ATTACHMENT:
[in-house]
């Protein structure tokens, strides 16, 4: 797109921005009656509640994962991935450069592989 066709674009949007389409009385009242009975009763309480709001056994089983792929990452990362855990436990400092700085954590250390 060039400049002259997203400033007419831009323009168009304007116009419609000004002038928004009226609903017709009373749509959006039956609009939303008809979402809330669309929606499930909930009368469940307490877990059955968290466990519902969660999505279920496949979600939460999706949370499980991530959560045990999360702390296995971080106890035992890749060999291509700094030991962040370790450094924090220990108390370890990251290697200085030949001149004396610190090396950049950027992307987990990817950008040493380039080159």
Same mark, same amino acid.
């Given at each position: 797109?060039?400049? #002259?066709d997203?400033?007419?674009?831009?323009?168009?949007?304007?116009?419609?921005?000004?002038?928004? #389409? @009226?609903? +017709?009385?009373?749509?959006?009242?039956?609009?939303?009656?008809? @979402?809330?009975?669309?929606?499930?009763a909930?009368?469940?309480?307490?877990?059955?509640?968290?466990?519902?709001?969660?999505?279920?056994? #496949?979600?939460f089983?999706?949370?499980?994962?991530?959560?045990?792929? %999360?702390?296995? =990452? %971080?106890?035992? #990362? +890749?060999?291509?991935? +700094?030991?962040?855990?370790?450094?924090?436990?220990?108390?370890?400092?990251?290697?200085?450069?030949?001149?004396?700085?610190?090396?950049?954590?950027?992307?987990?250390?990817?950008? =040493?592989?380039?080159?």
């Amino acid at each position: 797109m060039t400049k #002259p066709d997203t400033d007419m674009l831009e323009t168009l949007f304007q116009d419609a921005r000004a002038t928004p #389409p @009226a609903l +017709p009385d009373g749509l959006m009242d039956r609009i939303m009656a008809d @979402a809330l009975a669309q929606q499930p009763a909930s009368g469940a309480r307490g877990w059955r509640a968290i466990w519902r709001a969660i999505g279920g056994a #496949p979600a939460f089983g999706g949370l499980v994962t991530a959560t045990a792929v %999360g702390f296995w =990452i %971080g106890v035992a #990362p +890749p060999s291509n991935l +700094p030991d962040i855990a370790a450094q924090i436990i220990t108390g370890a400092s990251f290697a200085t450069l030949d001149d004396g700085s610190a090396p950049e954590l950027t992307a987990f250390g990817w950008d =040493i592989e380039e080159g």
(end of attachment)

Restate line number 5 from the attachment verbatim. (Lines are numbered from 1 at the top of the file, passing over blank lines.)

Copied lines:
């Amino acid at each position: 797109m060039t400049k #002259p066709d997203t400033d007419m674009l831009e323009t168009l949007f304007q116009d419609a921005r000004a002038t928004p #389409p @009226a609903l +017709p009385d009373g749509l959006m009242d039956r609009i939303m009656a008809d @979402a809330l009975a669309q929606q499930p009763a909930s009368g469940a309480r307490g877990w059955r509640a968290i466990w519902r709001a969660i999505g279920g056994a #496949p979600a939460f089983g999706g949370l499980v994962t991530a959560t045990a792929v %999360g702390f296995w =990452i %971080g106890v035992a #990362p +890749p060999s291509n991935l +700094p030991d962040i855990a370790a450094q924090i436990i220990t108390g370890a400092s990251f290697a200085t450069l030949d001149d004396g700085s610190a090396p950049e954590l950027t992307a987990f250390g990817w950008d =040493i592989e380039e080159g």